It required a commute, but Mary and Bryson Davis finally got to see their two grandchildren play at the same location in high school games.
Their daughter Kylia Carter is the mother of Pace Academy 6-10 senior Wendell Carter, who has committed to Duke, and their daughter Kolette Mosley is the mother of Jonesboro (Ga.) 6-6 junior Jamari Mosley, who is being recruited by several college programs.
The two played together in middle school at Fulton Leadership Academy, an all-boys charter school outside Atlanta, but one family moved and they’re now about a 45-minute drive away from each other.
Carter and Mosley have never played against each other in a game, but both are in the Beach Ball, and had each team won their opening-round games Monday they would have met in the second round on Wednesday night.
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Carter held up his end of the bargain with Pace’s victory over McQuaid Jesuit, but Jonesboro lost by 13 points to Westchester (Calif.) so the meeting didn’t happen.
Nonetheless, the families only have to go to the Myrtle Beach Convention Center to watch each play.
“It’s a special holiday for us because it’s the first time we’ve all been together,” Kolette Mosley said.
Both teams also played in the City of Palms tournament last week in Florida, so the families had two trips this holiday season.
“We’re dedicated to this because all the games are at the same place,” said Mary Davis, who usually alternates between the games of her two grandchildren. “They’re usually playing at different places and we have to make a choice. That was my husband and my Christmas presents to each other, we got to go see them play at the same time.”
N.C. State men’s hoops coach pays brief visit
Between posing for photos, signing autographs and shaking hands, there was still business for N.C. State men’s basketball coach Mark Gottfried to handle.
The Wolfpack head man was one of a few coaches to take his seat courtside at the Beach Ball Classic on Tuesday, taking in the first-round matchup between Westlake (Ga.) and Bishop O’Connell (Va.).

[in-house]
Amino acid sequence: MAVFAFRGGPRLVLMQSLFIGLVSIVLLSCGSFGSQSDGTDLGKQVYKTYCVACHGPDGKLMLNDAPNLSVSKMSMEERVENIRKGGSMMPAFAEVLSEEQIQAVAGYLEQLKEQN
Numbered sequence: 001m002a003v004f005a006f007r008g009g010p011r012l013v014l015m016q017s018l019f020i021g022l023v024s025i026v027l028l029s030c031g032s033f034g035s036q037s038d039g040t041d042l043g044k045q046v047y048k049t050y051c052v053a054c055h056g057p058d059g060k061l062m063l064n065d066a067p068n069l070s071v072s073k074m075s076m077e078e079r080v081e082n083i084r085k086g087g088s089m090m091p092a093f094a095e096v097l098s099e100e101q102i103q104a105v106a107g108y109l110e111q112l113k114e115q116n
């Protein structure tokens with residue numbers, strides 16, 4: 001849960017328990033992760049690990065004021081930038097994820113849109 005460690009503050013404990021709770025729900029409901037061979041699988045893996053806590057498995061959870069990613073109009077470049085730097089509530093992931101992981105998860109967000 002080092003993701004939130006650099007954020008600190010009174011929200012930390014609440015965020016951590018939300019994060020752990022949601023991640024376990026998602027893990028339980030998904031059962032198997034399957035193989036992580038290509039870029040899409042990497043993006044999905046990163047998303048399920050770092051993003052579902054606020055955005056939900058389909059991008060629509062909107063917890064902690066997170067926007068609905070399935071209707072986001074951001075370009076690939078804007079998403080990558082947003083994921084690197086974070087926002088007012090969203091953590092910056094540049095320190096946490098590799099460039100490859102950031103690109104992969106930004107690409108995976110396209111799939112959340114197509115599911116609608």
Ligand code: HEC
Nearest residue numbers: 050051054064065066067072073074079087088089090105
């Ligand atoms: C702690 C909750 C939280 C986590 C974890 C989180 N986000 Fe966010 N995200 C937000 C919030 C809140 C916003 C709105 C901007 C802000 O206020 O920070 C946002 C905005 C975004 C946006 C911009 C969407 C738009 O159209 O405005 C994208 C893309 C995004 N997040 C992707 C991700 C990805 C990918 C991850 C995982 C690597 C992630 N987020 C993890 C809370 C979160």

“(The Beach Ball Classic) is absolutely phenomenal,” he said. “The people organizing it really put on a great event showcasing high school basketball.”
Over the years, a litany of coaches have made their way to the tournament, getting a look at athletes they hope could eventually help their program. Last year, North Carolina basketball coach Roy Williams paid a visit to Myrtle Beach to watch a night’s worth of action.
Gottfried did not stick around that long, hitting the road shortly after Bishop O’Connell’s 61-36 rout of Westlake. However, before heading back to Raleigh, N.C., he stood outside the locker rooms to speak with players and coaches from each team.
“Keep shooting those 3s,” Gottfried said to Westlake’s Christopher Berry, who finished with nine points in the game – each coming from beyond the arc.
Dunking them headfirst into Beach Ball history
Upon walking in the Myrtle Beach Convention Center, his face is among the first all will see this week.
And Ian Guerin hopes a good portion of those will stick around a while … maybe buying a book or two in the process.
Formerly the prep sports coordinator for The Sun News, Guerin by no means is putting his pen down.
His book, “The Beach Ball Classic: Premier High School Hoops on the Grand Strand,” was released Dec. 12. But this week was his true litmus test, wanting to see how well received the book is in the eyes of those passionate about the subject.
So far, so good.
“You don’t write a book like this for the heck of it. You want folks to buy it, and you want people to enjoy it. In order to do that, you definitely want to make the best of your promotional opportunities,” Guerin said. “So it has been great being back in town and getting to speak to people about it.
“In many ways, this is the real release week, even though it has been available for some time. Being able to walk into the convention center and see the reaction has been worth the long hours and travel in the past few days.”
The book chronicles Beach Ball’s humble beginnings into becoming one of the nation’s premier prep hoops events. It also features a bevy of interviews with those instrumental in making the tournament possible each holiday season.
“The best part has been meeting folks face-to-face and listening to their reactions to specific chapters,” Guerin said. “Whether it was parts about the local teams struggling throughout the years or the sections about guys like Vince Carter or Jason Kidd, there is something in there that any fan of the tournament can relate to.”
More importantly, out-of-towners – particularly those making their first trip to Myrtle Beach and the Beach Ball Classic – can get a picture of what the tournament is all about.
“What I’m trying to do is make people here, especially out-of-towners, know the type of tourney their kids are playing in,” Guerin said.
In addition to being available for the rest of the week at the Myrtle Beach Convention Center, the book can be purchased online via Amazon, Barnes & Noble and other major booksellers.